Dr Bühler and colleagues from Switzerland conducted a retrospective study was to evaluate clinical presentation and long-term outcome of patients treated surgically for complicated liver hydatid cysts.
84 patients with liver hydatid cysts underwent an operation at the Geneva University Hospital between 1980 and 1999.
The researchers evaluated clinical presentation, postoperative morbidity, mortality, and long-term recurrence rate.
The research team noted that among the 84 patients with liver hydatid disease, 35 patients (41%) presented complicated cysts (cysts that had developed a fistula into adjacent structures or organs).
In most patients, the fistula communicated with the biliary tree (n=25), but the investigators also observed communication with the right lung (n=3), the right diaphragm (n=2), liver parenchyma (n=1), and peritoneal cavity (n=1).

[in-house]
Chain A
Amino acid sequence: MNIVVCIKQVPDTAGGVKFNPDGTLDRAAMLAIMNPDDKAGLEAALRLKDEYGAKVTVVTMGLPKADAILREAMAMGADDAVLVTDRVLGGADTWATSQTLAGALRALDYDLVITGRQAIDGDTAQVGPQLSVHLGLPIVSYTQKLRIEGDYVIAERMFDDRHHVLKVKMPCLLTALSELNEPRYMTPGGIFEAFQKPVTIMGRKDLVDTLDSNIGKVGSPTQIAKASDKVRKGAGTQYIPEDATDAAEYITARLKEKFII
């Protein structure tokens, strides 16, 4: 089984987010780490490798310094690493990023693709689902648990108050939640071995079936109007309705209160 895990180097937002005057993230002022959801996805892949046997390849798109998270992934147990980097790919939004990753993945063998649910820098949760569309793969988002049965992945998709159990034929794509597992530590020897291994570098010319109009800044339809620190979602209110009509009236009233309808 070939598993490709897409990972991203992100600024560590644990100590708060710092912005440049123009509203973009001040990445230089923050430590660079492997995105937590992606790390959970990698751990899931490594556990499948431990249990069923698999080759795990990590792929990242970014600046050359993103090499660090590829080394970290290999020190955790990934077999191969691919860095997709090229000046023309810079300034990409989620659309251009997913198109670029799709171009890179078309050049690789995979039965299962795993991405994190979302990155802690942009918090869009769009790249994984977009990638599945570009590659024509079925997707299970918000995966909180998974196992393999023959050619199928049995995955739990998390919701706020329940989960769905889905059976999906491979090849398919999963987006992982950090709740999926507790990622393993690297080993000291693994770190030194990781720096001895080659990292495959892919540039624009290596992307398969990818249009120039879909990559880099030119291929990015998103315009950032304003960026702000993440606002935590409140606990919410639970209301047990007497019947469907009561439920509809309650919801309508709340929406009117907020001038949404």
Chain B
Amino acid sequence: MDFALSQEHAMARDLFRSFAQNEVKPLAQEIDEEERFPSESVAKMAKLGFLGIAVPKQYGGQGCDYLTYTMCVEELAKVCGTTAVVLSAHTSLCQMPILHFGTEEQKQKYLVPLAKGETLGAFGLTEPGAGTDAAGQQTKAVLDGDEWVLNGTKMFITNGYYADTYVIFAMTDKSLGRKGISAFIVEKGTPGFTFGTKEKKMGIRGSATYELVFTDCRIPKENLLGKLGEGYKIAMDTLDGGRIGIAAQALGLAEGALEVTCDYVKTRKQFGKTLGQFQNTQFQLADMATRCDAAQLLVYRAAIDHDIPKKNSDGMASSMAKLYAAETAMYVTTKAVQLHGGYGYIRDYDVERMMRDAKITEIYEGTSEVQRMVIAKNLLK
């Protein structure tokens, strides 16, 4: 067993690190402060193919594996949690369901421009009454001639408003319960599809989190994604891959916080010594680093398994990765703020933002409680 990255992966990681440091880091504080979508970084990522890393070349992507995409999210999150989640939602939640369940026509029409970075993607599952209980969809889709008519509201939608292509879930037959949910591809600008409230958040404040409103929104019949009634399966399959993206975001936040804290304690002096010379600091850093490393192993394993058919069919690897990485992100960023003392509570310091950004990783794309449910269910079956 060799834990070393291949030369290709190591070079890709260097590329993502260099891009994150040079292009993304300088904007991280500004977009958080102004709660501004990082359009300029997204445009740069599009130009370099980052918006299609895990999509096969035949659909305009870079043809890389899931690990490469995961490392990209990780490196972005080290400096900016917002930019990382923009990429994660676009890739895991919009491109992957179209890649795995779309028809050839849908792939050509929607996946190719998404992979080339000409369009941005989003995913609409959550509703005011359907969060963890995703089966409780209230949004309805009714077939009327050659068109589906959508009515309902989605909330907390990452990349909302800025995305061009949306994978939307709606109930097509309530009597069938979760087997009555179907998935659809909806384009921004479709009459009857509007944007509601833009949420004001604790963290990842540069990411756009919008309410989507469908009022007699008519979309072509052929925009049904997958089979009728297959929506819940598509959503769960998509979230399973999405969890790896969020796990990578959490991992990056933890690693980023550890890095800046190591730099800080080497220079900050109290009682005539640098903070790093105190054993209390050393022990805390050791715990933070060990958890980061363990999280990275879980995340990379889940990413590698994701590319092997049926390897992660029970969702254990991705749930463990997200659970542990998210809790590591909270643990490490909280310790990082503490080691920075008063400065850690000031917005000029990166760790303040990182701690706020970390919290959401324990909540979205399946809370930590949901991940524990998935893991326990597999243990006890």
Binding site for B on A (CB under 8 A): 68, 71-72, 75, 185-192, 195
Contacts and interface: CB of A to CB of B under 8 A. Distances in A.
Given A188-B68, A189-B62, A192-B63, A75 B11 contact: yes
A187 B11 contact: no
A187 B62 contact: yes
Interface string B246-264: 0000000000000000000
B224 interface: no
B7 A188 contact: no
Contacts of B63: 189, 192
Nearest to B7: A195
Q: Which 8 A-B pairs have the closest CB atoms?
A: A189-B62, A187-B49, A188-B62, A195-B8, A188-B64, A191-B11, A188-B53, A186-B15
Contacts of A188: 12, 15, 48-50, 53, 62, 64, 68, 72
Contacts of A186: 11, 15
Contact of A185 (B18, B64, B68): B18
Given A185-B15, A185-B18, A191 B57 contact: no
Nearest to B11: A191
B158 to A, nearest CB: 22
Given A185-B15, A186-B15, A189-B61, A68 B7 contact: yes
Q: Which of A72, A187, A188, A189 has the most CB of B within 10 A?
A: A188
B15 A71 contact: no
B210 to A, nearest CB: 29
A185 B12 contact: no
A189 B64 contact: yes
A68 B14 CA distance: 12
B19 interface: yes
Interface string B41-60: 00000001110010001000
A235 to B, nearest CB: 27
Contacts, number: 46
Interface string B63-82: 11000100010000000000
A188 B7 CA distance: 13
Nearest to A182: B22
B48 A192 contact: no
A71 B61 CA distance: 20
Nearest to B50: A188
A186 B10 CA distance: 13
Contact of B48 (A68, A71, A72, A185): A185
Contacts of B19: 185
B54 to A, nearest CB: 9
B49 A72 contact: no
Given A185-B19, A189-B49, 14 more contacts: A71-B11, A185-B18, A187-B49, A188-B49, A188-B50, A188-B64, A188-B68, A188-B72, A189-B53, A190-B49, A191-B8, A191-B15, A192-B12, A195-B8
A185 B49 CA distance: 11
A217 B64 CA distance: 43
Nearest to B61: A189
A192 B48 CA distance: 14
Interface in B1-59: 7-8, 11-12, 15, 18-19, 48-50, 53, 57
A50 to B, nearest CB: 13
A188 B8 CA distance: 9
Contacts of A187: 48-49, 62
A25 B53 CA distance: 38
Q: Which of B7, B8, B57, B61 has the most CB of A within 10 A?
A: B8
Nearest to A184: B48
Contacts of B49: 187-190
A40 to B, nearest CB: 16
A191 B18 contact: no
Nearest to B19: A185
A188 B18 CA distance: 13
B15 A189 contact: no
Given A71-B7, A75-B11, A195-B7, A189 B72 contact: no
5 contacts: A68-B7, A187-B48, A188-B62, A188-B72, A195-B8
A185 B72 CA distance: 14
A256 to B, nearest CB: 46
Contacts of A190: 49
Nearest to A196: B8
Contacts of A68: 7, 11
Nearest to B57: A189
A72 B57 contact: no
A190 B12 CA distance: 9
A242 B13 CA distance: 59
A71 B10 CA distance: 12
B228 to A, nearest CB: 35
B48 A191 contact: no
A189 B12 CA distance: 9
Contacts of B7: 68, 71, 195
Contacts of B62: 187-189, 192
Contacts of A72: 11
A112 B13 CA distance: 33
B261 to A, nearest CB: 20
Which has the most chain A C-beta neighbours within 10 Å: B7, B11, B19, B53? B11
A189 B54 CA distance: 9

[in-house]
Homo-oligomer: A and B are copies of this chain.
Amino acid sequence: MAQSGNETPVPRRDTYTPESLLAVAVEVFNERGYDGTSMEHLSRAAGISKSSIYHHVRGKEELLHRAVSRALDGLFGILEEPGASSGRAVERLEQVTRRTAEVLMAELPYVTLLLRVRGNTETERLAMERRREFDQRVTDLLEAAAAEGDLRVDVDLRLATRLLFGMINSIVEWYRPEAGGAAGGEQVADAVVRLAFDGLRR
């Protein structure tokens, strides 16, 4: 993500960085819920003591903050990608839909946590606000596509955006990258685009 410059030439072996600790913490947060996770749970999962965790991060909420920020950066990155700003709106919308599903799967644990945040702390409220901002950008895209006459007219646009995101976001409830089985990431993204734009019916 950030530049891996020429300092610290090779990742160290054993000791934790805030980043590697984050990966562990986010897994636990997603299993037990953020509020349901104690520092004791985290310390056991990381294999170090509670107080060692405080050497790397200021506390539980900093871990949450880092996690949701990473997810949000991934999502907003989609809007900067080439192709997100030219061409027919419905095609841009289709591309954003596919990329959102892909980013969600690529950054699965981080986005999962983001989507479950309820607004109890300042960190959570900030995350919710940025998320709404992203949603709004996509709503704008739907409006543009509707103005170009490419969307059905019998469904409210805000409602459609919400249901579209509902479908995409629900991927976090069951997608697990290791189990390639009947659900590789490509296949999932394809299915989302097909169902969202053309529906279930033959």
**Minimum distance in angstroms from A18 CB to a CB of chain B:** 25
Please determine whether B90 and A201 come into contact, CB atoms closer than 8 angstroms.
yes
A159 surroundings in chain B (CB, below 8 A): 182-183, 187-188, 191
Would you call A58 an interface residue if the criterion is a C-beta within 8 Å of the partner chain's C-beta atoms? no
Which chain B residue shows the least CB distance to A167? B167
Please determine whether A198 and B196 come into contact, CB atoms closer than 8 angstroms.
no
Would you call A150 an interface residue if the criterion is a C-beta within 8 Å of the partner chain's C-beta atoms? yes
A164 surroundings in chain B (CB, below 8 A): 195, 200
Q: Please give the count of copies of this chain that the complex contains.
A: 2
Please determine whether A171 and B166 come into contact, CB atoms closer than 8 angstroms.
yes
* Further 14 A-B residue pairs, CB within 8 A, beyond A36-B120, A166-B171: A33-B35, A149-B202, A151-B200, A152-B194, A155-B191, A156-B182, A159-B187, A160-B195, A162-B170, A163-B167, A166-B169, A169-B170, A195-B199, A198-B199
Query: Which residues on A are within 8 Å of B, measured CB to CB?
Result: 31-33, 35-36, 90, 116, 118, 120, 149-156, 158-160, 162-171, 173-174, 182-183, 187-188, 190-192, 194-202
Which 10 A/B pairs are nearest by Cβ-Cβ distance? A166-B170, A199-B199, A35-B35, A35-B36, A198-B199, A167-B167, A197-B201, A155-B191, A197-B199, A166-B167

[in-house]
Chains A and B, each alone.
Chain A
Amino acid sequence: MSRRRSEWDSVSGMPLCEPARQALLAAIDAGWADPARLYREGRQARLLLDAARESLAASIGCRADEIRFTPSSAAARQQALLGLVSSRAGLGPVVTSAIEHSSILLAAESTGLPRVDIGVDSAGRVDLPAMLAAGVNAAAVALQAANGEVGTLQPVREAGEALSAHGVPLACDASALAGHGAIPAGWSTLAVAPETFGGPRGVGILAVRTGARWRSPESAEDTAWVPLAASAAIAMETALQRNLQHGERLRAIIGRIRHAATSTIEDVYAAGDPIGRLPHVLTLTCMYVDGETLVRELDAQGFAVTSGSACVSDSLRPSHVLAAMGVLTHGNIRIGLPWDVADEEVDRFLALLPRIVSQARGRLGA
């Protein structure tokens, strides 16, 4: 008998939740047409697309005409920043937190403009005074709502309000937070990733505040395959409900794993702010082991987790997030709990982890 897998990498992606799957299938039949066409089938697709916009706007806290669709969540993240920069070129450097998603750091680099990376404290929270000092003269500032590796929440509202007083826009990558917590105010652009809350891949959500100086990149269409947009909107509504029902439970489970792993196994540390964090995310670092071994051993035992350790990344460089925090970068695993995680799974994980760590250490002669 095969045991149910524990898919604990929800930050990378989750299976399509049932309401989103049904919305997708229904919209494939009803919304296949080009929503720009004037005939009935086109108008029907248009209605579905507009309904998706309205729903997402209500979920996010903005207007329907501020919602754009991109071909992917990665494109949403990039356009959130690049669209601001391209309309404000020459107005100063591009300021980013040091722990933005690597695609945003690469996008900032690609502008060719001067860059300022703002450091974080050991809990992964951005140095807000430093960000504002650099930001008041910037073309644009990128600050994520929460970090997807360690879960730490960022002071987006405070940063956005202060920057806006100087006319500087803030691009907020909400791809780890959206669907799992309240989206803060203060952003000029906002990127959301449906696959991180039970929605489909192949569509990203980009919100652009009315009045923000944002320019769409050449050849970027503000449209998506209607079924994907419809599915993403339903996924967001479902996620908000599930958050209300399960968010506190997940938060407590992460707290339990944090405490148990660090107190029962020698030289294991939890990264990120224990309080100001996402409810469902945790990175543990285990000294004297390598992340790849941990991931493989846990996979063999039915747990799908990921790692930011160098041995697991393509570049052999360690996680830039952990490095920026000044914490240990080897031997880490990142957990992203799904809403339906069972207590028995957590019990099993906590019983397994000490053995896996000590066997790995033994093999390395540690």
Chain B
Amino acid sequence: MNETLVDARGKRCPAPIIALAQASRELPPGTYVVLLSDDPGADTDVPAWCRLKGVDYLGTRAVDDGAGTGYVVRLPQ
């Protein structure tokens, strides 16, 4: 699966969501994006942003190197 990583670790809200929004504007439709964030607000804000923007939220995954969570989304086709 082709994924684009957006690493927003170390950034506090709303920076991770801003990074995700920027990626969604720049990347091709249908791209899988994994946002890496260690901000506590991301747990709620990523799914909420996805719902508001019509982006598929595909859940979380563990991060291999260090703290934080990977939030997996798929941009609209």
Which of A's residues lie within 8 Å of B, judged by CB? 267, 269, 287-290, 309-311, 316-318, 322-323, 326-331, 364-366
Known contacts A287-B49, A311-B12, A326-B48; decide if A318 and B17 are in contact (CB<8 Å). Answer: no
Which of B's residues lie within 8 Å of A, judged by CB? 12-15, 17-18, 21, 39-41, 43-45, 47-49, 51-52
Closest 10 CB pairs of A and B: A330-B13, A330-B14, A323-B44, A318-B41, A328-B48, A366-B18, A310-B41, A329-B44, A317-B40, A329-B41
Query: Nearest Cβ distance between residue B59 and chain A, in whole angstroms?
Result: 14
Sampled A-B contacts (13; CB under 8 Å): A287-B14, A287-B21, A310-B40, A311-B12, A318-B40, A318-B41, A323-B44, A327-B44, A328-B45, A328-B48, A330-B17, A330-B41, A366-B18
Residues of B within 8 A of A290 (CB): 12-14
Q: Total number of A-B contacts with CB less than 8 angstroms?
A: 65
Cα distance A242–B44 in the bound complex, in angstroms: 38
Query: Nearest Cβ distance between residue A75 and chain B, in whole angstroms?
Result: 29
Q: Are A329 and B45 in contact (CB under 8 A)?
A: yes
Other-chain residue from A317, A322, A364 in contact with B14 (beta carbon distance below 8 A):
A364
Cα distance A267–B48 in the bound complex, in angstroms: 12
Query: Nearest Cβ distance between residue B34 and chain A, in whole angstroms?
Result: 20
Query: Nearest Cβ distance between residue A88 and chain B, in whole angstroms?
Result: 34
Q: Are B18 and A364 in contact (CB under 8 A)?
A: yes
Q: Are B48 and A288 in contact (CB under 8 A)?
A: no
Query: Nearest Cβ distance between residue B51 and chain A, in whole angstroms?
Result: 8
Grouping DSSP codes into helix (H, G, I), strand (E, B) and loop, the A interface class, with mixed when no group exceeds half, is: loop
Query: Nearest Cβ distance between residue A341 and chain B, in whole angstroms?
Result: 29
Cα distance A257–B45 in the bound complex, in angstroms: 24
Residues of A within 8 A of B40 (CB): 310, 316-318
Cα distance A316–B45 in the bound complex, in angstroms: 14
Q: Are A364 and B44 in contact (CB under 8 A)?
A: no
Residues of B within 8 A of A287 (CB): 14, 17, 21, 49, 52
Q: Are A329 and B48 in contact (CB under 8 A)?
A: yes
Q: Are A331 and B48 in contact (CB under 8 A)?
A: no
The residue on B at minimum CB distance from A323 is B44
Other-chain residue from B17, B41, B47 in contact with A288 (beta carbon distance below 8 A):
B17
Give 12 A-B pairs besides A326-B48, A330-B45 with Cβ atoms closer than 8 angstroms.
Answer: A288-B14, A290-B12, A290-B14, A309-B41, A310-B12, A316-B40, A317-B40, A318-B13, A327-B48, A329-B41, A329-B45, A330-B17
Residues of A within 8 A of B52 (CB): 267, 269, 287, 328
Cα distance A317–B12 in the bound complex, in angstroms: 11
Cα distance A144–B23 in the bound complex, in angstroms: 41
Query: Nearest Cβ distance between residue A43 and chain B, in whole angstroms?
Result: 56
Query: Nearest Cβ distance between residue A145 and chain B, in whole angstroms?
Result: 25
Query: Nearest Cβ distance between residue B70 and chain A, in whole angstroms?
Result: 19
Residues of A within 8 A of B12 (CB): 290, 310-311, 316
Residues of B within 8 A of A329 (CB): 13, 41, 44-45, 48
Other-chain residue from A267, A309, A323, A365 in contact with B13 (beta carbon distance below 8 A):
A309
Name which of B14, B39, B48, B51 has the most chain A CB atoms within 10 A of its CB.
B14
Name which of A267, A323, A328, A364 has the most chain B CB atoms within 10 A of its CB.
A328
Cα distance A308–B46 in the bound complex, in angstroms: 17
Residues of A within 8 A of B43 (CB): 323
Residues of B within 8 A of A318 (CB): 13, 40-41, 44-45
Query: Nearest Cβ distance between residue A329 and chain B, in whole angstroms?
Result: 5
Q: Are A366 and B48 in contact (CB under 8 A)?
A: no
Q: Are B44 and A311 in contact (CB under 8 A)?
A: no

The investigative team were able to completely remove the cystic disease in 24 of 35 patients (70%).
|There was complete removal of the cystic disease in 24 of 35 patients (70%)|
In 11 patients, fragments of cysts were not removed by the researchers because of their location adjacent to main vessels.
The investigators showed that postoperatively, 8 patients (23%) developed a severe complication (grade II and III).
The research team also noted that there were no postoperative deaths, and no recurrences of hydatid disease were observed with a median follow-up of 9 years (complete follow-up was obtained in 69% of patients).
Dr Bühler concludes, “Complicated liver hydatid disease is frequent and was observed in almost half of patients operated for liver hydatid cysts at our center.”
“Using a surgical strategy aimed at complete removal of cystic and pericystic tissue with simultaneous treatment of the fistulous tract, we observed 23% postoperative morbidity, no mortality, and no recurrence of disease with a median follow-up of less than 8 years.”